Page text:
Percussion wizard Mike Dillon has seemingly done everything a musician could dream of. He’s been a key member of bands like Garage A Trois, Dead Kenny Gs and Critters Buggin. He’s served as a key sideman to artists like Rickie Lee Jones, Les Claypool and Ani DiFranco. He’s amassed an extensive catalog of genre-defying recordings. He’s taken to the road relentlessly, building one of the most loyal underground fanbases on the contemporary music scene, while being invited to share bills with bands including Clutch, Dean Ween Group and Umphrey’s McGhee. For nearly three decades, Mike Dillon has been playing exclusively by his own rules. Now, the man championed as a “punk jazz provocateur” has just produced what perhaps may be his shining hour, ‘Bonobo Bonobo.’ The new album, announced for surprise release to coincide with his upcoming Winter tour, was recorded in New Orleans with a collective he calls The Mallet Men—essentially an extended version of his core touring vehicle, The Mike Dillon Band. Co-Produced by bandmate Nathan Lambertson, ‘Bonobo Bonobo’ is available on vinyl and digital formats from Royal Potato Family.
By drawing from his percussive arsenal—a treasure chest of wonders including vibraphone, marimba, and tabla—and by linking up with some of New Orleans most thrilling musicians, including Stanton Moore (Galactic), Tiffany Lamson (Givers), Doug Belote (Jerry Douglas), James Singleton (Nolatet), Brendan Bull and Ari Kohn (Brass Lighting), G. Maxwell (Miranda Lambert), Cliff Hines (Rickie Lee Jones) and Evan Oberla (O.A.R.), Dillon treats listeners to a searing, frenetic, head-trip of an album. Here there are traces of The Minutemen, Frank Zappa, DC Go-Go, The Butthole Surfers and Tom Waits. But more still, there’s grooves reminiscent of the late 70s’ New York City dance-punk scene, and there are even dashes of Krautrock and stoner rock to be found (without a single guitar!) This is the magic of ‘Bonobo Bonobo’—it genuinely transcends straight-up comparison. In its true essence, it is a fabulous and frenetic cornucopia of sound.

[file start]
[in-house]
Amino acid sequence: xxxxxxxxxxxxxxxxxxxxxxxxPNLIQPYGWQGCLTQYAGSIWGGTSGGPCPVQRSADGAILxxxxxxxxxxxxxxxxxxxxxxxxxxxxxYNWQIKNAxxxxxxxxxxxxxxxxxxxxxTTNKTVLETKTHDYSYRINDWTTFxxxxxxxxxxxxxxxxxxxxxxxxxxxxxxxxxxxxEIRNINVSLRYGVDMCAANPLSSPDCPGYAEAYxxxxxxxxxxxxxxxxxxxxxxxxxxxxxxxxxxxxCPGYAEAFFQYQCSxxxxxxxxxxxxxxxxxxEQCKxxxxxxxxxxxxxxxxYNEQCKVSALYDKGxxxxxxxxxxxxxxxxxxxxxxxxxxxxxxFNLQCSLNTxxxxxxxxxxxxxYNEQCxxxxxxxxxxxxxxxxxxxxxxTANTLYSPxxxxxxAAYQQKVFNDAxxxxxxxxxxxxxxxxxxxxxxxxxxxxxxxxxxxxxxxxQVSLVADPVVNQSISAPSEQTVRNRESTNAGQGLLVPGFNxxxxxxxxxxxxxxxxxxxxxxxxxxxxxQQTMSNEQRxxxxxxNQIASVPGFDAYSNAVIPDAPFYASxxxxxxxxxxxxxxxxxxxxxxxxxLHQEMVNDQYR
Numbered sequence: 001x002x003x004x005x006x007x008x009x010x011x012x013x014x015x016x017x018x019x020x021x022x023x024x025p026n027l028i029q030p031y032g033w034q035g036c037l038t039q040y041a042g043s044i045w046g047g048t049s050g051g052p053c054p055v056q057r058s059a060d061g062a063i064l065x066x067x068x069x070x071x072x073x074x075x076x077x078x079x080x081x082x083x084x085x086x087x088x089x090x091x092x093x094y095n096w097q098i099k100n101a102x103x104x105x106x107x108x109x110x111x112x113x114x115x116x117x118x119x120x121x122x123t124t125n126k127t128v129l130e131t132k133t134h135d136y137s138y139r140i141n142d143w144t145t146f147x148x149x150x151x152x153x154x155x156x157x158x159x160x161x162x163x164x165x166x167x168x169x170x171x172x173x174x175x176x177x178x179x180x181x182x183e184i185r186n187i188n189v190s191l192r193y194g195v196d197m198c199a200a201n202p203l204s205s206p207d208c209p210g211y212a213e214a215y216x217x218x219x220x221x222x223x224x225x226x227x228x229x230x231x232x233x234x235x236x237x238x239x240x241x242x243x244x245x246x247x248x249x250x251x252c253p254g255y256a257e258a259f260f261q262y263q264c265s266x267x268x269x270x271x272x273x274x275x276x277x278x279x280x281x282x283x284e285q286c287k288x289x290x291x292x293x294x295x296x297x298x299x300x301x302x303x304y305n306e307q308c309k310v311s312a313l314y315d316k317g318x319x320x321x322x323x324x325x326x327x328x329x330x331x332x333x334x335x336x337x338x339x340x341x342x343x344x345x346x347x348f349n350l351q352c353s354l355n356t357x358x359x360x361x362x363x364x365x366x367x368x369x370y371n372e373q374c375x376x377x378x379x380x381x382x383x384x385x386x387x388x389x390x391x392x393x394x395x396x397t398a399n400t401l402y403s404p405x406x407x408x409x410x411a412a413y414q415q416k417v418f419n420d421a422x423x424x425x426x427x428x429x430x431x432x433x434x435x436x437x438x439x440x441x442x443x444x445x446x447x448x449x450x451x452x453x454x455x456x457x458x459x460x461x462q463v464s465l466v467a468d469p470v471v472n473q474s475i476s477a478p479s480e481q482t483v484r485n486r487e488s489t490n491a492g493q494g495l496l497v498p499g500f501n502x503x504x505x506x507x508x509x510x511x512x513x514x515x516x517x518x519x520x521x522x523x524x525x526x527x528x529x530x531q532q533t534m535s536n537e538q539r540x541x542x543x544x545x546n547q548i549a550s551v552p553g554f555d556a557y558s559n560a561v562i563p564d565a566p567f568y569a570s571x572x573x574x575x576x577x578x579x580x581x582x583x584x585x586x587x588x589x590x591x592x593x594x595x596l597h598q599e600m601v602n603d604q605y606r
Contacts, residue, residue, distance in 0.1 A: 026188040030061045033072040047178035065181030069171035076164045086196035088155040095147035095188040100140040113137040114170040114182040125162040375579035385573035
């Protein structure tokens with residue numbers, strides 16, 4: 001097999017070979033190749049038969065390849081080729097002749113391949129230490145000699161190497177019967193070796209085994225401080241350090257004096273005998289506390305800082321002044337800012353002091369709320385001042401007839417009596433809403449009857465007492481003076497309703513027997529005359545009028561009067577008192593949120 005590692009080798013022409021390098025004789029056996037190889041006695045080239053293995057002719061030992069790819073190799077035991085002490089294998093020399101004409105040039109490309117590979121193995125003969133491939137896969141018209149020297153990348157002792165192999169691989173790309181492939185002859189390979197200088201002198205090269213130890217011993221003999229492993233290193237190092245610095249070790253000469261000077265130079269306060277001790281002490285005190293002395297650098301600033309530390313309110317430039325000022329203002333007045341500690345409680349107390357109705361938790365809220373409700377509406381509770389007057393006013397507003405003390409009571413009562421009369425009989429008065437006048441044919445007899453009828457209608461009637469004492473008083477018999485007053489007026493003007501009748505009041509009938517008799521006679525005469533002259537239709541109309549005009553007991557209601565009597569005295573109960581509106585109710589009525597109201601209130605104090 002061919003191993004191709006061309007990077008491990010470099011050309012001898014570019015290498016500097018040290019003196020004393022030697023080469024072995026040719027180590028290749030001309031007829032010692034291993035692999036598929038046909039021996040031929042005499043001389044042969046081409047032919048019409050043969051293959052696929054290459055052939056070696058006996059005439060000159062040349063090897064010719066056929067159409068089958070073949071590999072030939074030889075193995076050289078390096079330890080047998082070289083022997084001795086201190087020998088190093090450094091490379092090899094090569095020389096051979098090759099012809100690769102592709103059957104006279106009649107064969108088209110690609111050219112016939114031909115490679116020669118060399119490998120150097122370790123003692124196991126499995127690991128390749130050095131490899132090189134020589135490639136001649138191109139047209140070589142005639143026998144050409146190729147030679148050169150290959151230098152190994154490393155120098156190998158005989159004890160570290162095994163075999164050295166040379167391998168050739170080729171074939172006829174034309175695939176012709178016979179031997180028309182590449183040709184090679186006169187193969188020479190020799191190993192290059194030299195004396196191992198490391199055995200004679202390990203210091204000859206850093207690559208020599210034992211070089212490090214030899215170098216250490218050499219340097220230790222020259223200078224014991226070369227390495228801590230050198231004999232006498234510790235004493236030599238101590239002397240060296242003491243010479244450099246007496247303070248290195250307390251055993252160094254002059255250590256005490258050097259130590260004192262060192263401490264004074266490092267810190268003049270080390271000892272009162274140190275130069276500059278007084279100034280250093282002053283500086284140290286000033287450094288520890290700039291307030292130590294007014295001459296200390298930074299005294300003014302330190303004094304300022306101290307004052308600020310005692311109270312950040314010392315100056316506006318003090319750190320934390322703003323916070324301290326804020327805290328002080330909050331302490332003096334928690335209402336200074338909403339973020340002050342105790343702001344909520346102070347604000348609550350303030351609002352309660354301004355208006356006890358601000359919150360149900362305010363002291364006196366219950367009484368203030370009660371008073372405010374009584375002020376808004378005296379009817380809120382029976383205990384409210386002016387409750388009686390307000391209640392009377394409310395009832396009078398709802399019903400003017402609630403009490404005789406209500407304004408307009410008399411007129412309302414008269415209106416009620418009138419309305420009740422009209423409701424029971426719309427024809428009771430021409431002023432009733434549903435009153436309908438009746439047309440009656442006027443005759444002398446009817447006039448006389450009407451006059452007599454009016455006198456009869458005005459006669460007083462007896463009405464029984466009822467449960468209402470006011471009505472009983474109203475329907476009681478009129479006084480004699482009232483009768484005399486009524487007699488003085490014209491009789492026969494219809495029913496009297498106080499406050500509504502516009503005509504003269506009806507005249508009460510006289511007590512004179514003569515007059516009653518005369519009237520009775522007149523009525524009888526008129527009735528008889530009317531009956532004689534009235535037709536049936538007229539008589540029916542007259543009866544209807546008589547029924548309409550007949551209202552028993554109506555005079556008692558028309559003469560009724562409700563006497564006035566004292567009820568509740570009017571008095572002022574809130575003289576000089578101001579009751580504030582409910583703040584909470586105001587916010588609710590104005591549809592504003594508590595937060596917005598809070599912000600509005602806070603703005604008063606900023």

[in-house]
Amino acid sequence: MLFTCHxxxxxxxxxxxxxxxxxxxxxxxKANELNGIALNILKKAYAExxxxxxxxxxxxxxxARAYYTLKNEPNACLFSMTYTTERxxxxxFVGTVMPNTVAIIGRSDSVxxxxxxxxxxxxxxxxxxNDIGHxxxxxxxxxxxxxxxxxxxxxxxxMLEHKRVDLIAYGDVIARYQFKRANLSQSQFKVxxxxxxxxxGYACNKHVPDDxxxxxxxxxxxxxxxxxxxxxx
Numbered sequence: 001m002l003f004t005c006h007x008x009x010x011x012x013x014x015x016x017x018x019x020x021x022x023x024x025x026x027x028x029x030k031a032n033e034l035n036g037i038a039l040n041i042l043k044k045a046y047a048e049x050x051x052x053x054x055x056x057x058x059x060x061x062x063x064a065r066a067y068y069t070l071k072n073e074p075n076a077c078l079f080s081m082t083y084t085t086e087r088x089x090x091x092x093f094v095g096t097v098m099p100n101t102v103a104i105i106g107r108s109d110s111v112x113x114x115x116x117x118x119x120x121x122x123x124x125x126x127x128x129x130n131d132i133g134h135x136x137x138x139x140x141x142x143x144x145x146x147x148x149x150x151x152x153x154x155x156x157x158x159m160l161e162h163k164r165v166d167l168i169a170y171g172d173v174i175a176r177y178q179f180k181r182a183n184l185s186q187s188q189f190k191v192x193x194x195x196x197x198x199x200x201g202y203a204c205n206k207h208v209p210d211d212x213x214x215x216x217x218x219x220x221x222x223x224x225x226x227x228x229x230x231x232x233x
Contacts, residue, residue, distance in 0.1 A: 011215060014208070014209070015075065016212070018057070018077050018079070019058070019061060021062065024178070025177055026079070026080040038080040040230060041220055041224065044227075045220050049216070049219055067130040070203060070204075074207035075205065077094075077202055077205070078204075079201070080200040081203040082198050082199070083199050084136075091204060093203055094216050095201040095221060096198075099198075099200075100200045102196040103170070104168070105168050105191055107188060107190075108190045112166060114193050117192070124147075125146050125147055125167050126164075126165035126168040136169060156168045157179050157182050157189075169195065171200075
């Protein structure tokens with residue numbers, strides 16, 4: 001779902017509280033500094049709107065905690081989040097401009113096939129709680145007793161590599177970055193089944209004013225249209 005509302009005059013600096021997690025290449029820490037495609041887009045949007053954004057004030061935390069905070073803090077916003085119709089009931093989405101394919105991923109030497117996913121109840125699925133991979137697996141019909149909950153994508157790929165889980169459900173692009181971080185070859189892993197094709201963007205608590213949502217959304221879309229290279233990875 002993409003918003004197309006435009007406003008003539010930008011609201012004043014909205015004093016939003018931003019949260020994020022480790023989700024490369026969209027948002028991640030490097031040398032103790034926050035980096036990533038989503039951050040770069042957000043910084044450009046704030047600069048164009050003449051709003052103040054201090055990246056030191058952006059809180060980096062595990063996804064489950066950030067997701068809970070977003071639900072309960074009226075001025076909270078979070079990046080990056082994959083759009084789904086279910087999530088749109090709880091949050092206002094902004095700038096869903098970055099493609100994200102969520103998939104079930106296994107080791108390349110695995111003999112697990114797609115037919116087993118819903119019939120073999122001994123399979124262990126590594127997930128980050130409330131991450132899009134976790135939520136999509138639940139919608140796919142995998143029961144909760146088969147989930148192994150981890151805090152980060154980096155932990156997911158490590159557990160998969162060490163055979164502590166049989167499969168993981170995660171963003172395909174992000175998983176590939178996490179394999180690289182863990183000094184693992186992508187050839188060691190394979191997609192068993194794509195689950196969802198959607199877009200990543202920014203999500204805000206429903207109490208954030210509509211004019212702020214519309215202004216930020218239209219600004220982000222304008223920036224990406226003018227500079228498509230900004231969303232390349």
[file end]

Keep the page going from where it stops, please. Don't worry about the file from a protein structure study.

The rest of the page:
As for the artist himself, Dillon considers ‘Bonobo Bonobo’ to be a punk rock record, and undoubtedly, every song on this thirteen-song set backs up that sentiment. His vocals are direly manic and slightly twisted, as he howls and growls like the late, great D. Boon about backstabbing friends (“Shit Talker”), being repulsed by a certain White House resident (“Orange Julius Caesar”) and a take on his own career success, the manically, self-aware (“Big Ass Fish”). The Mallet Men compliment Dillon with exquisite performances, the group being committed to his style-shifting attack, and all being exceptional players in their own right.
Ultimately, though, ‘Bonobo Bonobo’ may be best summed up within this context: in his autobiography, ‘Commando,’ Johnny Ramone wrote that he “wrote the book on punk.” In fact, Ramone would double-down on that declaration: “I decide what’s punk. If I’m driving a Cadillac, it’s punk,” he wrote. After decades of operating according to his own blueprint, it’s hard not to think that ‘Bonobo Bonobo’ is truly Mike Dillon’s Cadillac. Beginning with his artistic vision and carrying through in his songs, Mike Dillon is an artist of remarkable creativity, galvanized by his independence and guided by fearless spirit and soul.